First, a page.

The Indian data protection bill is a great example of drawing inspiration from the West, with many provisions of the Personal Data Protection Bill, 2019 being verbatim copies of the European GDPR.
However, the Indian PDP bill has been able to deviate in certain aspects from the European GDPR and the sad part is that the deviations are much more stringent in nature. Under article 17 of the GDPR, the right to be forgotten has been given (Under the broad heading of Right to erasure), which can be exercised by a Data-Subject (Data-Principal in India) by applying directly to the Data-Fiduciary for removal of certain information pertaining to him/her which are not relevant anymore.
However, this right will be exercised only once the Data Fiduciary is satisfied that it is not violating the right to information of other citizens; thus, the adjudicatory role of deciding whether particular information will be removed or not is with Data-Fiduciary.
This creates a relation between the Data-Principal and the Data Fiduciary. However, when this right comes to India there is a clear segregation of the right to be forgotten with the right to erasure. Whereas the former is given under section 20, the latter is given under section 18 (1) (d).
The method of exercise of the right to be forgotten is also completely different from what is provided under the Western GDPR. Whereas in GDPR the right can be exercised by the data-principal applying to the data-fiduciary, who shall then decide, under the Indian PDP bill, for the application of the right the data-fiduciary needs to apply to the Adjudicatory Authority.
The basis for the insertion of an Adjudicatory Authority is given on page 85 of the BN Srikrishna Committee report, 2018, where the Committee admits that the function to be exercised under section 20 is an adjudicatory function which cannot be exercised by a private entity.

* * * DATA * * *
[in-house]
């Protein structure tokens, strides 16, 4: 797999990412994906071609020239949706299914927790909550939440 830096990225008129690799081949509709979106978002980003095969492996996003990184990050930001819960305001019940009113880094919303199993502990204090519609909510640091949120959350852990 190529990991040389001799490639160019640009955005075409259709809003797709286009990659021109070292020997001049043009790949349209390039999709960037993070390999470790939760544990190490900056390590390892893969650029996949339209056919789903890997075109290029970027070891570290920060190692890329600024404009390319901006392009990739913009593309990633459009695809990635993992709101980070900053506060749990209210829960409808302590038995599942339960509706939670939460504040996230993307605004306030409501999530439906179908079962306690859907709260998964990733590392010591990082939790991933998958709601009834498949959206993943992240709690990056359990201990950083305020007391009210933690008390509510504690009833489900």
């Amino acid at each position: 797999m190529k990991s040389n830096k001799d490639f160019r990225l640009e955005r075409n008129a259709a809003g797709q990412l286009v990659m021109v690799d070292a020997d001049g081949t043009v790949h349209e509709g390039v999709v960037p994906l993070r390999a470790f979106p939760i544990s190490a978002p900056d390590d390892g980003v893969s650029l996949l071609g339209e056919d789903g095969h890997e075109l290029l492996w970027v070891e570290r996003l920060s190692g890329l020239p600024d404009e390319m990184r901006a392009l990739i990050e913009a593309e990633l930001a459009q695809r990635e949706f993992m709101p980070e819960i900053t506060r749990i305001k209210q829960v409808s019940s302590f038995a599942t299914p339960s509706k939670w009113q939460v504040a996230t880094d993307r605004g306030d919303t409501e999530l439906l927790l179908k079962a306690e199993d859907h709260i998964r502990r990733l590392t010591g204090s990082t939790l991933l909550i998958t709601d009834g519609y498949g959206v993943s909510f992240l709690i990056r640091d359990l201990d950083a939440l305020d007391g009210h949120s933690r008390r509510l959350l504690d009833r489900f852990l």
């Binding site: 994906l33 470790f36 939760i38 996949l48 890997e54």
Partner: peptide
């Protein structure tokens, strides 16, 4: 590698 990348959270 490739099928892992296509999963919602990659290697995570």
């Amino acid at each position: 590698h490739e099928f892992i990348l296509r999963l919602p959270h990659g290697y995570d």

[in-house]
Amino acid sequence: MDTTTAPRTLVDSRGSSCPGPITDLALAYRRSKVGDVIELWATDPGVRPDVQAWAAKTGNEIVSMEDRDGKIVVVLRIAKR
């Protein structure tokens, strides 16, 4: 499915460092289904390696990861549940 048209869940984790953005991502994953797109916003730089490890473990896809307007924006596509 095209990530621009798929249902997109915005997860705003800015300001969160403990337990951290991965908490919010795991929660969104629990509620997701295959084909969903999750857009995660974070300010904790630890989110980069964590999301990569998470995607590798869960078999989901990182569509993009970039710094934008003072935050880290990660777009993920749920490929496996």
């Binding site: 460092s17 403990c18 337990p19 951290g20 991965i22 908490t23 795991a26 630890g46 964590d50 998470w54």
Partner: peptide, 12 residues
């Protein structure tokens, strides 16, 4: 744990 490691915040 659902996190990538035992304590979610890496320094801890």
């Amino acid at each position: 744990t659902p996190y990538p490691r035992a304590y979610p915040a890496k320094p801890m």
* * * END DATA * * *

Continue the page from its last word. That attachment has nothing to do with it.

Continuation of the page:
There has to be democratic accountability, which can only be there with a democratically elected government. Thus, the right can be exercised only by a governmental body (which is democratically elected) attracting democratic accountability; which again does not seem a very interesting analogy to transfer the power of adjudication from a ‘Non-State’ actor to a ‘State-Actor’. Interestingly, there are other changes brought in also, such as that the right to erasure has been segregated from the right to be forgotten.
Whereas, under the GDPR, there is a broad heading of right to erasure under Article 17, under section 18 (1) (d), the right to erasure has been given, which again is not absolute in nature. Interestingly, for the application of this right the application does not need to be sent to the Adjudicatory Authority but rather to the data-fiduciary, who shall decide whether a particular piece information needs to be erased or not.
The question which logically follows is what happens to the principal of democratic accountability, which is eulogized in the right to be forgotten but ironically forgotten in the right to erasure. Further, right to erasure is not an absolute right, but will be applied only after the Data-Fiduciary is satisfied. If he/she is not satisfied the information won’t be erased.
The only remedy with data-principal is to ask the fiduciary to put a note by the side of the information that the particular information is disputed by the data-principal.
The writer is Assistant Professor of Law, National Law University, Jabalpur.